Comment


              • #8
                Turns out its true what my father always said "you learn something new every day"

                Comment


                • #9
                  In the driving world, halters which can be removed after bridling are very popular- but I don't really understand the design of this one. The one most driver's like is the English/Australian design with the buckle on the top of the noseband, or... like this improved version with the buckle set off to the side:

                  http://www.pelham-saddlery.com/hal/S...chLeather.html

                  This style lets you drop the halter downward- while I think having to lift the halter up through the bridle (as the original example seems to be) would be harder as it seems you would have to do a lot of shifting. Maybe I'm not properly envisioning how it functions.

                  Comment


                  • #10
                    Quillan's in Paris KY can make one for you.
                    Some riders change their horse, they change their saddle, they change their teacher; they never change themselves.

                    Remember the horse does all the work, we just sit there and look pretty.

                    Comment


                    • #11
                      Originally posted by Plainandtall View Post
                      In the driving world, halters which can be removed after bridling are very popular- but I don't really understand the design of this one. The one most driver's like is the English/Australian design with the buckle on the top of the noseband, or... like this improved version with the buckle set off to the side:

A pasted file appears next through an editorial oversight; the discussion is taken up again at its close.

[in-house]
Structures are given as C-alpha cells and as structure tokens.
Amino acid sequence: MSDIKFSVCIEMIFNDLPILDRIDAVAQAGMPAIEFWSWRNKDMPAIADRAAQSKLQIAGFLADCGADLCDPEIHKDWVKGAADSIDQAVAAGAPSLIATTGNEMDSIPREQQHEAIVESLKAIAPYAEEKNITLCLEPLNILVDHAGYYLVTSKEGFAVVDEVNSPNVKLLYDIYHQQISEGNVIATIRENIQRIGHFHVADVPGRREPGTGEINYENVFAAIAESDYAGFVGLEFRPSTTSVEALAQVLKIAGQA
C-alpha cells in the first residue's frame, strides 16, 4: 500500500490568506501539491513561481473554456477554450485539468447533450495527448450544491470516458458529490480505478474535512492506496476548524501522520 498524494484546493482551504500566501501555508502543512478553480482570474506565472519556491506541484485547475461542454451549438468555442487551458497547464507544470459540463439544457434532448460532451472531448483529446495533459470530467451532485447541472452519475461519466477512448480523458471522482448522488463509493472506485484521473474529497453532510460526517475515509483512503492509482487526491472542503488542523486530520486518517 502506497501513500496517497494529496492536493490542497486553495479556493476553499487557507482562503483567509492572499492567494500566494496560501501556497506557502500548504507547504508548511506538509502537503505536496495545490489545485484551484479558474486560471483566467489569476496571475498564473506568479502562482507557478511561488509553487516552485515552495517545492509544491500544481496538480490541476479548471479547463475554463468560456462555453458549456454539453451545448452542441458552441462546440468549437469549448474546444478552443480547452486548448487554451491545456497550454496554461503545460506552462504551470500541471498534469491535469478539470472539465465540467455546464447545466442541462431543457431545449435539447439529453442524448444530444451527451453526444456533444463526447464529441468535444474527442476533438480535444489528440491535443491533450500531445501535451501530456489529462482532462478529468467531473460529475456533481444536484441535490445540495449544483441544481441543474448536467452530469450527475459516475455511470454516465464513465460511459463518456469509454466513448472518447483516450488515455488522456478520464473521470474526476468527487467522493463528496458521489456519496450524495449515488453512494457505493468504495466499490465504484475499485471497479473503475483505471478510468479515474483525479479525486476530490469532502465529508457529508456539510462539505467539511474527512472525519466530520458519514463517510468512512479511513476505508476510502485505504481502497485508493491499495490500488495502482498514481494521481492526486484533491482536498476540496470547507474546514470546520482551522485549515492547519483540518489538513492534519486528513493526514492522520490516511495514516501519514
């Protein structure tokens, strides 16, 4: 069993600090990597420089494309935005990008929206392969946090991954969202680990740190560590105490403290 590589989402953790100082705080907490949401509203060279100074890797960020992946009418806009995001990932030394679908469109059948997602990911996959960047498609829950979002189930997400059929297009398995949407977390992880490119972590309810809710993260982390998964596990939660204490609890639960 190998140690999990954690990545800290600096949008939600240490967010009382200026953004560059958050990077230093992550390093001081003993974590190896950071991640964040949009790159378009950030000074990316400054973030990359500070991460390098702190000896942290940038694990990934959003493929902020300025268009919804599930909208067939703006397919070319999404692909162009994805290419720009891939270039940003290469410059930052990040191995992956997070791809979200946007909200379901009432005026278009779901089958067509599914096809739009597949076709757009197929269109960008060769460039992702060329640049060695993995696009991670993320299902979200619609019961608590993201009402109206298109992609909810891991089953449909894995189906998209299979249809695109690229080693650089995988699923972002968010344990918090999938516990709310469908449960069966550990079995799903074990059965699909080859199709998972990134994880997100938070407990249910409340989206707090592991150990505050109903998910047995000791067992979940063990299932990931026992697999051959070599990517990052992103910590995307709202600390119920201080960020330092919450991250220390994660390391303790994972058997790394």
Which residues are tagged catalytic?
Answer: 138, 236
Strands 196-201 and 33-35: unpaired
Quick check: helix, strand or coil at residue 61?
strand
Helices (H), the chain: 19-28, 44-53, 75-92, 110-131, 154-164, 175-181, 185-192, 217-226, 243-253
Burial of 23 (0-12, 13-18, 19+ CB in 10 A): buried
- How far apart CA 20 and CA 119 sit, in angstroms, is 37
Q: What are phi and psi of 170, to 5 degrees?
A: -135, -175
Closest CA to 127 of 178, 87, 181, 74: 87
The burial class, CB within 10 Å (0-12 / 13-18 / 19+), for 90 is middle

http://www.pelham-saddlery.com/hal/S...chLeather.html

                      This style lets you drop the halter downward- while I think having to lift the halter up through the bridle (as the original example seems to be) would be harder as it seems you would have to do a lot of shifting. Maybe I'm not properly envisioning how it functions.
                      Horse Cents custom made two of these just a few months back. Great for tacking up at shows! I am surprised they aren't more popular.
                      Cindy

                      Comment


                      • #12
                        Just was web searching and came across this thread...

                        Correct, that is a Brid-OVR (tm) Halter...I invented and hold US patent on the design and own the trademark name. They are quite popular and I DO sell quite a bit of them. I keep the price down by decreasing the advertising to the Web and around holiday time.

                        They are all handmade and can be custom sized. It is a little bit more than "just" an added clip. The leather measurements are such to permit easy bridling and unbridling as well as allowing the unclipping of either the throatlatch or nose to allow for grooming ease, without the horse being able to slip out, as in a grooming halter. They are made of harness leather, versus bridle leather due to increased suppleness and durability.

                        Available for purchase with matching lead shanks, with removeable hardware on the website, as noted above.

                        Comment


                        • #13
                          It is a very neat design. Looks like it would come in very handy.